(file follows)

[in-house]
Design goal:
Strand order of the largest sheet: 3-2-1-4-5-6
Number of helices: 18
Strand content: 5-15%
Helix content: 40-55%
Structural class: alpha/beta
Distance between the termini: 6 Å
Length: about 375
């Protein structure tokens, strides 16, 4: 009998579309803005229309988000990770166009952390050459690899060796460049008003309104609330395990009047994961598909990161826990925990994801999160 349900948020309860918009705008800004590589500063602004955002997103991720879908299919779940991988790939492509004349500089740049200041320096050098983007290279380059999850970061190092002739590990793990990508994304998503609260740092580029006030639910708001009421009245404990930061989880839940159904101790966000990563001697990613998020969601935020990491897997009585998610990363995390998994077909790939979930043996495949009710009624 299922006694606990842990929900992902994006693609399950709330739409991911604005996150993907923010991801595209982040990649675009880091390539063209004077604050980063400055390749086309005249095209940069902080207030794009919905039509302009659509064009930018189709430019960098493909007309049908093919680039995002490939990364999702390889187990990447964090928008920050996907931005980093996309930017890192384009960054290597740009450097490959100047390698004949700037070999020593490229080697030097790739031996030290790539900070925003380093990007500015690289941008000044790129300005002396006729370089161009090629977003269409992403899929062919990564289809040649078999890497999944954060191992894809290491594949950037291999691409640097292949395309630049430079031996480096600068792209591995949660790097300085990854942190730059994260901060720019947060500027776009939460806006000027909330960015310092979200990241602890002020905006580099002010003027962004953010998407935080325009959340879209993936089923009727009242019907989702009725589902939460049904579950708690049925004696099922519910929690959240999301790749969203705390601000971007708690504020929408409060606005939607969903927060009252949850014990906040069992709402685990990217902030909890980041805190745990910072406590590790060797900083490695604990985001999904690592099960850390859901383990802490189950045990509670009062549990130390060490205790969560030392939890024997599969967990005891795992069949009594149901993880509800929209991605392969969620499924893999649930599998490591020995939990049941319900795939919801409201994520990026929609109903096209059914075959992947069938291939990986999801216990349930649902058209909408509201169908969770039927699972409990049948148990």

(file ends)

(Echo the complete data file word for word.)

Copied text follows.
[in-house]
Design goal:
Strand order of the largest sheet: 3-2-1-4-5-6
Number of helices: 18
Strand content: 5-15%
Helix content: 40-55%
Structural class: alpha/beta
Distance between the termini: 6 Å
Length: about 375
């Protein structure tokens, strides 16, 4: 009998579309803005229309988000990770166009952390050459690899060796460049008003309104609330395990009047994961598909990161826990925990994801999160 349900948020309860918009705008800004590589500063602004955002997103991720879908299919779940991988790939492509004349500089740049200041320096050098983007290279380059999850970061190092002739590990793990990508994304998503609260740092580029006030639910708001009421009245404990930061989880839940159904101790966000990563001697990613998020969601935020990491897997009585998610990363995390998994077909790939979930043996495949009710009624 299922006694606990842990929900992902994006693609399950709330739409991911604005996150993907923010991801595209982040990649675009880091390539063209004077604050980063400055390749086309005249095209940069902080207030794009919905039509302009659509064009930018189709430019960098493909007309049908093919680039995002490939990364999702390889187990990447964090928008920050996907931005980093996309930017890192384009960054290597740009450097490959100047390698004949700037070999020593490229080697030097790739031996030290790539900070925003380093990007500015690289941008000044790129300005002396006729370089161009090629977003269409992403899929062919990564289809040649078999890497999944954060191992894809290491594949950037291999691409640097292949395309630049430079031996480096600068792209591995949660790097300085990854942190730059994260901060720019947060500027776009939460806006000027909330960015310092979200990241602890002020905006580099002010003027962004953010998407935080325009959340879209993936089923009727009242019907989702009725589902939460049904579950708690049925004696099922519910929690959240999301790749969203705390601000971007708690504020929408409060606005939607969903927060009252949850014990906040069992709402685990990217902030909890980041805190745990910072406590590790060797900083490695604990985001999904690592099960850390859901383990802490189950045990509670009062549990130390060490205790969560030392939890024997599969967990005891795992069949009594149901993880509800929209991605392969969620499924893999649930599998490591020995939990049941319900795939919801409201994520990026929609109903096209059914075959992947069938291939990986999801216990349930649902058209909408509201169908969770039927699972409990049948148990």